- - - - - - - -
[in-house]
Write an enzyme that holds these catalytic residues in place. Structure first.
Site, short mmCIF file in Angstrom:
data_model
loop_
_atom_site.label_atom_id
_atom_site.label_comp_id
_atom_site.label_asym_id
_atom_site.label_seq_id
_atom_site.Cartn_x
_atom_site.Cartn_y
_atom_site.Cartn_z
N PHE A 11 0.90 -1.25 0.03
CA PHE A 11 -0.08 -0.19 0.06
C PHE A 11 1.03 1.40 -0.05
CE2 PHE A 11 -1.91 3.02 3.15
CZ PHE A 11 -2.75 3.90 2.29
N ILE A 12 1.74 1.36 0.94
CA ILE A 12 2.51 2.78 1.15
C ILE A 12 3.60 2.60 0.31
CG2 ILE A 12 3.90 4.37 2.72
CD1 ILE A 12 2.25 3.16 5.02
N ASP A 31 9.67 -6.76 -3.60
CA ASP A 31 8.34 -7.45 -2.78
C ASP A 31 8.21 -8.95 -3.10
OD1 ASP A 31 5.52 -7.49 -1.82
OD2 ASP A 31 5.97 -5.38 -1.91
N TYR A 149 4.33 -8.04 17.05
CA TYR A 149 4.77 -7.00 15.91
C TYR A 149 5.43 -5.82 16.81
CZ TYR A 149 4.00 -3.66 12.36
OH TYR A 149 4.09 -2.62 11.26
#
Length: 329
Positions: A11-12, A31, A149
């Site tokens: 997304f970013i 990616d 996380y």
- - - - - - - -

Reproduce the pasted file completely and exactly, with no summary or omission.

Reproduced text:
[in-house]
Write an enzyme that holds these catalytic residues in place. Structure first.
Site, short mmCIF file in Angstrom:
data_model
loop_
_atom_site.label_atom_id
_atom_site.label_comp_id
_atom_site.label_asym_id
_atom_site.label_seq_id
_atom_site.Cartn_x
_atom_site.Cartn_y
_atom_site.Cartn_z
N PHE A 11 0.90 -1.25 0.03
CA PHE A 11 -0.08 -0.19 0.06
C PHE A 11 1.03 1.40 -0.05
CE2 PHE A 11 -1.91 3.02 3.15
CZ PHE A 11 -2.75 3.90 2.29
N ILE A 12 1.74 1.36 0.94
CA ILE A 12 2.51 2.78 1.15
C ILE A 12 3.60 2.60 0.31
CG2 ILE A 12 3.90 4.37 2.72
CD1 ILE A 12 2.25 3.16 5.02
N ASP A 31 9.67 -6.76 -3.60
CA ASP A 31 8.34 -7.45 -2.78
C ASP A 31 8.21 -8.95 -3.10
OD1 ASP A 31 5.52 -7.49 -1.82
OD2 ASP A 31 5.97 -5.38 -1.91
N TYR A 149 4.33 -8.04 17.05
CA TYR A 149 4.77 -7.00 15.91
C TYR A 149 5.43 -5.82 16.81
CZ TYR A 149 4.00 -3.66 12.36
OH TYR A 149 4.09 -2.62 11.26
#
Length: 329
Positions: A11-12, A31, A149
């Site tokens: 997304f970013i 990616d 996380y």